Sunday, October 31, 2010

I knew never being a Khala could bring so much


Monday, October 18, 2010

another day another dollar

Today my (non-Muslim) coworker told me she had something for me. I went to her office and she handed me three beautiful, soft "hijaabs" she had stumbled across at the Walgreens. I was dumbfounded. They were so beautiful, soft, and just the colors I would wear. "I saw reds, but I knew that would be too flashy for you."

Right on.

She even handed me a receipt if I'd want to change colors...

What a beautiful heart, masha'Allah. It makes me a little sad, you know.

Sunday, October 17, 2010

around the bend

 I had failed to get reservations to a late-night event in Philadelphia. We had 5 hours to kill before the next viewing. And so we walked, down the street, and around the bend and discovered the Philadelphia Museum of Art. I had been there before during night and day. But this time the experience was quite magical.  The museum was deserted. We raced to the top of the steps and after we caught our breath we turned around and marveled at the view of the City. It looked so perfect: calm, serene and beautiful. The night was cool and the moon and the wind greeted us.  SubhanAllah.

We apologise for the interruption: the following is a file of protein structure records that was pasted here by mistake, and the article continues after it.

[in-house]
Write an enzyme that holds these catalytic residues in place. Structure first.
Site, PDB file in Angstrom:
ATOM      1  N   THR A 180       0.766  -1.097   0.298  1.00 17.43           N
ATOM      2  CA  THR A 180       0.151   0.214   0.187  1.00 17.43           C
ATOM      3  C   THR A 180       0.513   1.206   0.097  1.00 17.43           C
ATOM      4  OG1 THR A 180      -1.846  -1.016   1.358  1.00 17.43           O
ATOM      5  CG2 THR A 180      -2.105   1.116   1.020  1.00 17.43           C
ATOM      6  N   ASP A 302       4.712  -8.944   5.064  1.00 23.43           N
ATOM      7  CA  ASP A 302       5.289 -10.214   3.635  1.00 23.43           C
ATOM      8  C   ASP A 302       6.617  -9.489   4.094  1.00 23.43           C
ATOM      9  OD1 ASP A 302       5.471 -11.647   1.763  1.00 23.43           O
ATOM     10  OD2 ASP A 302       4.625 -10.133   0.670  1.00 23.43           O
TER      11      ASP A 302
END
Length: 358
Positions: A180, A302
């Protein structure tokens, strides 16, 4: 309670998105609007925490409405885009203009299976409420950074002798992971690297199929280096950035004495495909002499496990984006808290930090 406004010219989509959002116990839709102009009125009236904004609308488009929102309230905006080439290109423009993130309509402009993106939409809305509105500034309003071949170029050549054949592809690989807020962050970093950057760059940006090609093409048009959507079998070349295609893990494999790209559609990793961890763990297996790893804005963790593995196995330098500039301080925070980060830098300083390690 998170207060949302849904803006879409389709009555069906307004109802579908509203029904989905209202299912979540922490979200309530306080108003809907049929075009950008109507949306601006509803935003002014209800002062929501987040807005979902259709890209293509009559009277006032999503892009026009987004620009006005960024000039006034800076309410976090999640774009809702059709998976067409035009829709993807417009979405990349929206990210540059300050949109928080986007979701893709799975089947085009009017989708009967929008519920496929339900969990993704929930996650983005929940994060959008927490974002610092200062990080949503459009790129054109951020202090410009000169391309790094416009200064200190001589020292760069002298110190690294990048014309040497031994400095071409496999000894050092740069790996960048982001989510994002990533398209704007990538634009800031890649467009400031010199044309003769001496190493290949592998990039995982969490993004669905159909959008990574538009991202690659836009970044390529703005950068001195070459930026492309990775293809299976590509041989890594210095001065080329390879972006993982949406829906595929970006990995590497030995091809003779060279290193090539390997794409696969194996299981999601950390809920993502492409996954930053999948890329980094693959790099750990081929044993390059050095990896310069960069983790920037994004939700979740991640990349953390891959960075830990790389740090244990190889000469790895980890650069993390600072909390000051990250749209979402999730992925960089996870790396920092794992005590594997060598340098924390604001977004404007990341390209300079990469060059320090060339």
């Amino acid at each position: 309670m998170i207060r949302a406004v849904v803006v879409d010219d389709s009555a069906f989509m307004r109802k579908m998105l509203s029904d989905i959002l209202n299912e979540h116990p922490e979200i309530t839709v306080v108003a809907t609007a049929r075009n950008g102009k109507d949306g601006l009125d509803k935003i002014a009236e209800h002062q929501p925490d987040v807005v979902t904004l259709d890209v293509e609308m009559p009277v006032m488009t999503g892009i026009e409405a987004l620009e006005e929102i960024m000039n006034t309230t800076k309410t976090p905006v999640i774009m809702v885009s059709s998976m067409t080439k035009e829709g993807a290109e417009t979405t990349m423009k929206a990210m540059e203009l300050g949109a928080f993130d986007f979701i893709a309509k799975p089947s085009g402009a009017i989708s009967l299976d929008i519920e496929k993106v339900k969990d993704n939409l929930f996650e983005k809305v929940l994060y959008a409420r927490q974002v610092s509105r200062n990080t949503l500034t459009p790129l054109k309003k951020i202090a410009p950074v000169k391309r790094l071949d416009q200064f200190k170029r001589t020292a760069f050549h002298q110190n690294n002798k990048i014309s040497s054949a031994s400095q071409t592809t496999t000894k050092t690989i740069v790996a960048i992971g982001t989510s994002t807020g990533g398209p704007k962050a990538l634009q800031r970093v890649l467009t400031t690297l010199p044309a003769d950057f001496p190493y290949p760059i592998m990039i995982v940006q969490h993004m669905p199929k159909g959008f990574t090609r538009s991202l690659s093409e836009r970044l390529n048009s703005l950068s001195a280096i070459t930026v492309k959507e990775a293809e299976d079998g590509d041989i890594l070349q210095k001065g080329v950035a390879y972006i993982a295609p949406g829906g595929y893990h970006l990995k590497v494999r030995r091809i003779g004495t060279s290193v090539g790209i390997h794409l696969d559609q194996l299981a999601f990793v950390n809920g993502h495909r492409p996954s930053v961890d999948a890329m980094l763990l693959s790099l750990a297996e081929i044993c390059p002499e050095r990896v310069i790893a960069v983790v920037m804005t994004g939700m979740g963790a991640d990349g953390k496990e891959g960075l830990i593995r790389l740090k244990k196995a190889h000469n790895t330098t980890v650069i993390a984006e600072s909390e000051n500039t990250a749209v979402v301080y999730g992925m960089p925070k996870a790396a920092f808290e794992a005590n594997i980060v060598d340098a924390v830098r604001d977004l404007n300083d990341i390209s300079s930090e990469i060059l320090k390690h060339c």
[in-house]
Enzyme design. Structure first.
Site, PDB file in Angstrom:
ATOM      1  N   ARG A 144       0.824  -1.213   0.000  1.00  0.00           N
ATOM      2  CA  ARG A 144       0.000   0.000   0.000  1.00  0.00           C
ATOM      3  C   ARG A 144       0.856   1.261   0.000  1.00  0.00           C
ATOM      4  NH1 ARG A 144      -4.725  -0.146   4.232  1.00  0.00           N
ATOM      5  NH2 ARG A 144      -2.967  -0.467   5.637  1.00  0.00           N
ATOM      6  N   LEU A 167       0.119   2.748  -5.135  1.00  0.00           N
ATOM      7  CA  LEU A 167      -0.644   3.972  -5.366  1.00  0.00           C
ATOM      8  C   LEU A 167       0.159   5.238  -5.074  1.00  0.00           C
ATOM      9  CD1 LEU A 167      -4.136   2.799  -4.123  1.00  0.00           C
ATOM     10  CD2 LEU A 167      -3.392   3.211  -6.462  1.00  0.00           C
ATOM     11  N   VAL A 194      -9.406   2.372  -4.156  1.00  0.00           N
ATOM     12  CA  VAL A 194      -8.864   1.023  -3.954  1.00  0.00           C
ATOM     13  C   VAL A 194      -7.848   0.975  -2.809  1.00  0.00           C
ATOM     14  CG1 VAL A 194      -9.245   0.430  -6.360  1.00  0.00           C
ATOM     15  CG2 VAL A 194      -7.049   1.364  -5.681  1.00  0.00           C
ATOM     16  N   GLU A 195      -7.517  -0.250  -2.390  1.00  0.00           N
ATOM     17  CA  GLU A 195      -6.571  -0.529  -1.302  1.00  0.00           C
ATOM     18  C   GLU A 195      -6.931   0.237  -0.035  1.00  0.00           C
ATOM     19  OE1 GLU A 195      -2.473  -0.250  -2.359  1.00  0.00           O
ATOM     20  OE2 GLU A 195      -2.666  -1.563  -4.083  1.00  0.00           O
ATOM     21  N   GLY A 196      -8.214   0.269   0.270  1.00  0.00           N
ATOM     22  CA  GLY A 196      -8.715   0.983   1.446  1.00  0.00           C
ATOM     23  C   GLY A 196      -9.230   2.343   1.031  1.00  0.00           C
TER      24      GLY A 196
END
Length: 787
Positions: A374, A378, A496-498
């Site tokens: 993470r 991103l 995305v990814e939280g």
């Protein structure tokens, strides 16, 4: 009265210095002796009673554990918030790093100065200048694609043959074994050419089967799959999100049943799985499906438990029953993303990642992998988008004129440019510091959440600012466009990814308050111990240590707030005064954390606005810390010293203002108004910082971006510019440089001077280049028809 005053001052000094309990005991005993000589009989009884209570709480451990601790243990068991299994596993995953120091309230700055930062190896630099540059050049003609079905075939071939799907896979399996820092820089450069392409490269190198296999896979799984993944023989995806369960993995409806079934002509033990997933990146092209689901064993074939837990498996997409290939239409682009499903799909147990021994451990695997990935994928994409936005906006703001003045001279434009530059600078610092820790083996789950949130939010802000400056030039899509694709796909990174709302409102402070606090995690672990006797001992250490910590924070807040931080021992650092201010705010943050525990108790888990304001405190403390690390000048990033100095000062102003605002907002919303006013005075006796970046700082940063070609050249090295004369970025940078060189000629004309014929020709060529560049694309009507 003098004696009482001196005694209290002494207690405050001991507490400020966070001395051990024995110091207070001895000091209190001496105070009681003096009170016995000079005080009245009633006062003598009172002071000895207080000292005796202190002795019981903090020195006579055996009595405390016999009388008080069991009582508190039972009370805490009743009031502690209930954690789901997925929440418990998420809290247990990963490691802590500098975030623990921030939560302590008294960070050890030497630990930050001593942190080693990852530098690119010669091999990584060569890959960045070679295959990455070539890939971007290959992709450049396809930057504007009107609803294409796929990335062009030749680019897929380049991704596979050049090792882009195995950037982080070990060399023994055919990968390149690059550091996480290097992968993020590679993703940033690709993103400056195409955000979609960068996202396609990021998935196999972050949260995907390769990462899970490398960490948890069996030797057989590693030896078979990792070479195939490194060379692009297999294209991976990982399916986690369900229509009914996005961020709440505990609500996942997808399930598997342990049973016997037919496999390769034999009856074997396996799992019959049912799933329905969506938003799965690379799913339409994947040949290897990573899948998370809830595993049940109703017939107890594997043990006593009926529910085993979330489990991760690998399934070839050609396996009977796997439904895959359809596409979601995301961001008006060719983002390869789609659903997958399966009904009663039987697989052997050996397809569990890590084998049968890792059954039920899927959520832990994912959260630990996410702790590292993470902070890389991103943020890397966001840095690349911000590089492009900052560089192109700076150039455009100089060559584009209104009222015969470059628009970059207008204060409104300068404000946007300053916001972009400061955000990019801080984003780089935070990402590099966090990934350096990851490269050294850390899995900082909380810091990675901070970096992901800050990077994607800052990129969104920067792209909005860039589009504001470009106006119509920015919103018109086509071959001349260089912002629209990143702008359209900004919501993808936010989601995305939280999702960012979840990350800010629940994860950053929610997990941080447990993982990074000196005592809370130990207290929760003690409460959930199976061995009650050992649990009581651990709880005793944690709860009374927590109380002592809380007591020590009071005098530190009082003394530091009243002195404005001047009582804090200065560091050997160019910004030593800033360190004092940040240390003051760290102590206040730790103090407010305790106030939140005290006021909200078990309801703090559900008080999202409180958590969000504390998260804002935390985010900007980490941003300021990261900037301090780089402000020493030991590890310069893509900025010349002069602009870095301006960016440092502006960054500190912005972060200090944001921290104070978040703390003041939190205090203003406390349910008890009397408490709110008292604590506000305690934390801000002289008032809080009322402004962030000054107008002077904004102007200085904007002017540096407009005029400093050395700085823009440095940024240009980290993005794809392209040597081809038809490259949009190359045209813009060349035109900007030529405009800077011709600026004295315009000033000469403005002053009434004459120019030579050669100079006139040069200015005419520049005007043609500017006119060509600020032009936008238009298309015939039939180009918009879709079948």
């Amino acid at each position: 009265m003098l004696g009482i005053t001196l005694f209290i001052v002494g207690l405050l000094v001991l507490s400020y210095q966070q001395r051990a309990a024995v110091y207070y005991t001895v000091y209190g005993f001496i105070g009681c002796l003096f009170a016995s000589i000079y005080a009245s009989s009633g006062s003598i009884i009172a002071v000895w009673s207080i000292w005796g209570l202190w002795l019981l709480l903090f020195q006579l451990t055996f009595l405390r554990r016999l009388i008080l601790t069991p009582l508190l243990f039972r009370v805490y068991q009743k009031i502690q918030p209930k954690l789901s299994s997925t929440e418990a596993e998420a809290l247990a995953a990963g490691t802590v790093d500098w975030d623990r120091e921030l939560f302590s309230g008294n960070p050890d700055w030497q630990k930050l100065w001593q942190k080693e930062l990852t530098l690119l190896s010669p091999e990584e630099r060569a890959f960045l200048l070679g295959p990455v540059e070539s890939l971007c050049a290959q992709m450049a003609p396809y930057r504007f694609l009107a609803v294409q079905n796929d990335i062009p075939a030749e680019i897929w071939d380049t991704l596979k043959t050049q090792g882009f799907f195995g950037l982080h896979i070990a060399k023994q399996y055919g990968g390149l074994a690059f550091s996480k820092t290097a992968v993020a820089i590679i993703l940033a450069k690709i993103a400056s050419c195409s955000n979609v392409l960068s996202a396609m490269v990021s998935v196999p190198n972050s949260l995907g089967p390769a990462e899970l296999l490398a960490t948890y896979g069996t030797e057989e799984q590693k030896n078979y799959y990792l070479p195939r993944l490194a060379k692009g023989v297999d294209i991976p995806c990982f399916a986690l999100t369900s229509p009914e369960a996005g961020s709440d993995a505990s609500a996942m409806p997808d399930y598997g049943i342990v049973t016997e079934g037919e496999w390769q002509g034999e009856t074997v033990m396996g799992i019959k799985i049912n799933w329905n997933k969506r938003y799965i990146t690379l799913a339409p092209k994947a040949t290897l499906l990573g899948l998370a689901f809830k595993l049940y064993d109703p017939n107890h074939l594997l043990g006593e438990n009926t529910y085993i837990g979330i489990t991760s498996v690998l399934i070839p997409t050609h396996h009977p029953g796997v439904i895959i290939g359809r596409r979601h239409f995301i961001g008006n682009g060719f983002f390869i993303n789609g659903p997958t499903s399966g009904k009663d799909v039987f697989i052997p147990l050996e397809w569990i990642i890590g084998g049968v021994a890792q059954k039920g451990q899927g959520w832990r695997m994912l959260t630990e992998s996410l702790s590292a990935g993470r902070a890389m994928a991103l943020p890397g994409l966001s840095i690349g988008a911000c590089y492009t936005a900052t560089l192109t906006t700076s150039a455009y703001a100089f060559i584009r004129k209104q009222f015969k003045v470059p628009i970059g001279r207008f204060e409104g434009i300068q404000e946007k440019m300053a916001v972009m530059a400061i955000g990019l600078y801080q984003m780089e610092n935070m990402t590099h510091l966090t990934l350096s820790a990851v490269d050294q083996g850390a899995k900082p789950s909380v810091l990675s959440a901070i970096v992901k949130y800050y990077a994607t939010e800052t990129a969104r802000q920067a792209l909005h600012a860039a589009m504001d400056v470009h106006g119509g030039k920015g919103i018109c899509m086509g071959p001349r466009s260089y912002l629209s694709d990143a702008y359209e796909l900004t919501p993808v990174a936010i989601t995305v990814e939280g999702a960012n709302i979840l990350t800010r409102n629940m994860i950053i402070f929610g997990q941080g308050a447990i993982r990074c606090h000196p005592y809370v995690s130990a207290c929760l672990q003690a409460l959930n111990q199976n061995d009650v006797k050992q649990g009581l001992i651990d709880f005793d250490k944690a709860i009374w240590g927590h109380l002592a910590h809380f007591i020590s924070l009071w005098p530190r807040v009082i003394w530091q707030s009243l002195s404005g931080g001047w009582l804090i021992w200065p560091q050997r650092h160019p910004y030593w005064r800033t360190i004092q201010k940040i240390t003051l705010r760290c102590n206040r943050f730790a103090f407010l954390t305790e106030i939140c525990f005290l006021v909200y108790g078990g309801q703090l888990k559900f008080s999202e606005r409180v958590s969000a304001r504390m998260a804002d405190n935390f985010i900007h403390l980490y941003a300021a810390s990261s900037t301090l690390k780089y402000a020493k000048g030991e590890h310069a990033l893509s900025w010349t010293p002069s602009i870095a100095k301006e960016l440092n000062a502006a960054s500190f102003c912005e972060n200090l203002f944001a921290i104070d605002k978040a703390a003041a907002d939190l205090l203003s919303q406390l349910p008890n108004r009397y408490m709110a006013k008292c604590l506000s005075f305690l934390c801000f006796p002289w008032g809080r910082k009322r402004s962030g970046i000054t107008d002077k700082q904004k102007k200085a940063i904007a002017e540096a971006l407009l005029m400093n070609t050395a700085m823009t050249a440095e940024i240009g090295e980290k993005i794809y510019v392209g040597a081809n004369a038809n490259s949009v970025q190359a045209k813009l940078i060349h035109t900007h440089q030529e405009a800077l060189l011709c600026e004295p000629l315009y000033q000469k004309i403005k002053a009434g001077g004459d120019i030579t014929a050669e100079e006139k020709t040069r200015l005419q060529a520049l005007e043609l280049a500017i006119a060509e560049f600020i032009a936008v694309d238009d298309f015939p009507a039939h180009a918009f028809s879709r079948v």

View of Philadelphia from atop of the Steps
Philadelphia Museum of Art

Thursday, October 14, 2010


Why does time always seems a little slower when it rains? subhanAllah. 

Thursday, October 7, 2010

with the birds I'll share this lonely view and..

Sometimes you see things and over look them, and then sometimes you see the same exact things but somehow by the grace of Allah you are touched...

Many times I am called into a patient's room because his or her oral intake has significantly reduced after admission. And today's summoning was not out of the ordinary.

Flowers from a patient's room. Pic taken with permission.
I was surprised to learn this particular patient's appetite has decreased. It is very common for people on dialysis to have poor intake due to the nature of the illness and the strain on the body. But not Mr. S., he ate everything in sight.  His wife was feeding him as I interviewed them both. Her husband appeared to more confused than usual. And I thought...what is this man's usual? He is blind, he has dementia, he's a diabetic, he's on dialysis, he is bed ridden, he is only in his 60s. And I felt immense pain and love for his wife... And for the wives I've witnessed taking care of their husbands so loyally and lovingly day after day. How they spend their entire day by their side feeding them, toileting them, talking to them,  discussing their progress or lack of progess with the healthcare team, and most of all praying for them... How it must pain them to see their spouse in such a fragile state. How they must leave and go home to an empty house and an empty bed. There are three particular wives that I hope I never forget as I move in life. And Mrs. S. is one of them.

Perhaps this is true love.